Illegal Immigrant Who Skippered ‘Death Trap’ Boat Across Channel Jailed for 9 Years

An illegal immigrant has been jailed for manslaughter after piloting a dinghy that sank in the English Channel leading to the loss of four lives.
Illegal Immigrant Who Skippered ‘Death Trap’ Boat Across Channel Jailed for 9 Years
Ibrahima Bah appearing by video link from Elmley prison at Folkestone Magistrates' Court in Folkestone, Kent, on April 13, 2023. (Elizabeth Cook/PA)
Chris Summers

An illegal immigrant from Senegal who agreed to pilot an “unseaworthy” dinghy across the English Channel has been jailed for nine years for manslaughter after four of his passengers drowned when the boat sank.

Ibrahima Bah, whose exact age is unknown, was found guilty on Monday of facilitating illegal entry to the UK and four counts of manslaughter following a retrial at Canterbury Crown Court.

On Friday he was sentenced at the same court to nine years and six months for each manslaughter conviction and four years for facilitating illegal entry to the UK. All of the sentences will run concurrently.

The judge, Mr. Justice Johnson, said Bah’s exact age was unknown but he believed him to be at least 20.

Bah, who is from Senegal, will be eligible for release subject to licence conditions, after he has served two-thirds of his sentence.

It is not clear if he will be deported after serving his sentence, or will have a right to claim asylum.

The trial heard the home-made inflatable was very poor quality and was not seaworthy enough to carry the 43 migrants who scrambled on board it on the French coast.

Judge Says Boat Was ‘Death Trap’

Mr. Justice Johnson said: “The boat was wholly inadequate, and not remotely seaworthy for a Channel crossing. It was a death trap, just as every boat of its type which sets off across the Channel in similar circumstances is a death trap, the fact that in many cases fatalities do not occur is not remotely reassuring.”

“What happened is an utter tragedy for those who died and for their families,” he added.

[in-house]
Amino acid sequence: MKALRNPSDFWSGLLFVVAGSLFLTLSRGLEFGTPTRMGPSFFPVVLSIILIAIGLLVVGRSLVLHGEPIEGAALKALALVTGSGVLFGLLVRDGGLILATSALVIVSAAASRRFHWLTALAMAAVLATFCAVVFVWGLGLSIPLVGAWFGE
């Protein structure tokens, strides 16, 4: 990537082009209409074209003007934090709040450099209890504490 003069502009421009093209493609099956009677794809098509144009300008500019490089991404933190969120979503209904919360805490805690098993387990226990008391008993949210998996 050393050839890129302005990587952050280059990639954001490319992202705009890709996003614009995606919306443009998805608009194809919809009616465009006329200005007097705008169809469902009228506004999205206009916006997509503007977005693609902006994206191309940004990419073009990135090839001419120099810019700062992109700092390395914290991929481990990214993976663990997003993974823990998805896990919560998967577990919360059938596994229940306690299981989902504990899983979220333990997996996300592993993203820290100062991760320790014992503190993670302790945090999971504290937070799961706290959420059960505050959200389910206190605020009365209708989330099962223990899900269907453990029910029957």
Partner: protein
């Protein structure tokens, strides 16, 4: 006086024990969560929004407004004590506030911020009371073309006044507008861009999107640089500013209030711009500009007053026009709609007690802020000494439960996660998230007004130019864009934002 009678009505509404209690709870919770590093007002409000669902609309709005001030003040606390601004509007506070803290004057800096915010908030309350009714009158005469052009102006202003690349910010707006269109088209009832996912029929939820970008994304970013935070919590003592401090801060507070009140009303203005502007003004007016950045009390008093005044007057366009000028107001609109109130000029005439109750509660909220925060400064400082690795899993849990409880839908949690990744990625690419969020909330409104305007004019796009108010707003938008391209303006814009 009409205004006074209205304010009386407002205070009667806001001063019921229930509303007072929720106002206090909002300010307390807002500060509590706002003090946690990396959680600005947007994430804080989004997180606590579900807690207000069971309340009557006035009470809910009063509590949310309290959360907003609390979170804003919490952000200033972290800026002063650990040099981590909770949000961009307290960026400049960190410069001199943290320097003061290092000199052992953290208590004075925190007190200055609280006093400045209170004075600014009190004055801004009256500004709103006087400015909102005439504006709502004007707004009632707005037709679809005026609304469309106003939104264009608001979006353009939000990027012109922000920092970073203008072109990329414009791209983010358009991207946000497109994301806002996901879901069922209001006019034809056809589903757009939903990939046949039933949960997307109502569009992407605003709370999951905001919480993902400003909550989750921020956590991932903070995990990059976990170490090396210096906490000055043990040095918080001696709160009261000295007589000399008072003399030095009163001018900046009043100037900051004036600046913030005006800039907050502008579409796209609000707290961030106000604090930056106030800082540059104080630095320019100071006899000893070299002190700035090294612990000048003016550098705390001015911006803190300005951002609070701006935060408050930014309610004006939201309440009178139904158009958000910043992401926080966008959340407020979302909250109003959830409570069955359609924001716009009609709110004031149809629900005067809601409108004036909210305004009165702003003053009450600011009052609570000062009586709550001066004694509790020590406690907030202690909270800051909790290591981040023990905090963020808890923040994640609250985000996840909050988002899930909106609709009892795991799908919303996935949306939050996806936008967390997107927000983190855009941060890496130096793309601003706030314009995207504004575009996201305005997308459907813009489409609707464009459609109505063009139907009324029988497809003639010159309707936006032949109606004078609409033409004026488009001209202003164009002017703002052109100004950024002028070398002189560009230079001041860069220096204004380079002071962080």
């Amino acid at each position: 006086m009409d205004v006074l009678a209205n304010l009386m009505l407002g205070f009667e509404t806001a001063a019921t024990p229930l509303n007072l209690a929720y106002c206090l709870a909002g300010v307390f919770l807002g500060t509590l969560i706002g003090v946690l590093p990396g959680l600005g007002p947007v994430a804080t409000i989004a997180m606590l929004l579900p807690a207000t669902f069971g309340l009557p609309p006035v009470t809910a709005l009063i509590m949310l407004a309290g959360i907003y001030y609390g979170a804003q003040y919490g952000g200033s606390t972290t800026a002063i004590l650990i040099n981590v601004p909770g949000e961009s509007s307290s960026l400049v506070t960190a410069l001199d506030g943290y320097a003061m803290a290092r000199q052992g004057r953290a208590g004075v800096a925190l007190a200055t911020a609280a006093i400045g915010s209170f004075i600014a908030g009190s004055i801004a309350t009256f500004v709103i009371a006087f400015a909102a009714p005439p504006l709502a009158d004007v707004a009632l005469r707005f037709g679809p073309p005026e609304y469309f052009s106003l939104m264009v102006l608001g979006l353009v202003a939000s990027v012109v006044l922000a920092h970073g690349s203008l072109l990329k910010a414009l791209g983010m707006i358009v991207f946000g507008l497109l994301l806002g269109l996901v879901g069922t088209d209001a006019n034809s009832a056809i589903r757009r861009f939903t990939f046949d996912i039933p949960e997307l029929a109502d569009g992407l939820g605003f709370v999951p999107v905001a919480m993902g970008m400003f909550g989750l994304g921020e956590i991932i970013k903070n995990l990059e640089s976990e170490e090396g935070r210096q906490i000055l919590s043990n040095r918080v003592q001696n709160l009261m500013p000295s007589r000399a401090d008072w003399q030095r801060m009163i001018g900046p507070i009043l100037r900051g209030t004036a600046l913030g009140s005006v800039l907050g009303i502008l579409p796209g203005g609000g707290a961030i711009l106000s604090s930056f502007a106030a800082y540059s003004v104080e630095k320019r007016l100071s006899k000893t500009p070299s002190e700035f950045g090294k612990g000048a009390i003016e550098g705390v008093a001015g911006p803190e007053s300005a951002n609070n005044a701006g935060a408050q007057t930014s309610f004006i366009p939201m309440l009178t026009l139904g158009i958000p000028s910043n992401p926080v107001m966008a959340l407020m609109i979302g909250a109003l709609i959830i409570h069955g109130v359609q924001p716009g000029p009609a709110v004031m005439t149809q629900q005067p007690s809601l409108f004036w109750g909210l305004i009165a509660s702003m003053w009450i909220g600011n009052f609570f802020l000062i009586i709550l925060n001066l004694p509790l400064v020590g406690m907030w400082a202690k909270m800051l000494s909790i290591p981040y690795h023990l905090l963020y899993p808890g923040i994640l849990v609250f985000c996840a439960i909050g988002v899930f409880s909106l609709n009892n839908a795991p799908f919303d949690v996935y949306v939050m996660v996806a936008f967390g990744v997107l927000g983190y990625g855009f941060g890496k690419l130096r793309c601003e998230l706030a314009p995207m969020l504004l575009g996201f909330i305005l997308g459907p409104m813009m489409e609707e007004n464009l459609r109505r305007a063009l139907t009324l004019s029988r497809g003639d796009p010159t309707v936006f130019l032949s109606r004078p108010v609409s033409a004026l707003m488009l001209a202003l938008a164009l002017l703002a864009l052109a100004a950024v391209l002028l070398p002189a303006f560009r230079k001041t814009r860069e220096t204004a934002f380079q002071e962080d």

Prosecutor Duncan Atkinson, KC, told the jury Bah owed the others on the boat a “duty of care,” having agreed to pilot it across the Channel in exchange for the Kurdish people traffickers who owned the boat waiving his fee.

Mr. Atkinson told jurors there were insufficient life jackets on board the dinghy and no flares or radio and Bah had no training and scant experience on fishing boats in Senegal.

Bah told the court he had left Senegal in 2019 and was trying to get to Britain to claim asylum, although it was unclear what reason he planned to give to the authorities.

Although it has recently undergone political turbulence Senegal was, at the time, a democratic country with no record of human rights abuses.

Bah travelled from Senegal to Mali, Algeria and then Libya and then crossed by boat to Italy.

Witnesses said Kurdish people traffickers transported the migrants to the shore in three cars and then inflated the boat, which had been brought in another vehicle.

The court heard the boat got into trouble 30 minutes after leaving the French coast, but instead of turning back, Bah kept going.

The crew on a British fishing boat, the Arcturus, came across the sinking dinghy and tried to rescue the passengers with help from the RNLI, air ambulance, and UK Border Force.

The 39 survivors were brought to shore in the port of Dover, and the exact number of migrants who drowned is unknown, although it was at least four.

Identities of 3 Dead Migrants Still Unknown

The trial heard one of the dead migrants was called Hajratullah Ahmadi, but the identities of the other three remain unclear. All were men.

After Bah was convicted Michael Tomlinson, the illegal immigration minister, wrote on social media platform X: “Ibrahima Bah put dozens of lives in extreme danger by taking charge of a perilous and illegal small boat crossing. It is right that he has been brought to justice today. Once you get into a small boat, criminal gangs don’t care whether you live or die.”

PA Media contributed to this report.
Chris Summers is a UK-based journalist covering a wide range of national stories, with a particular interest in crime, policing and the law.
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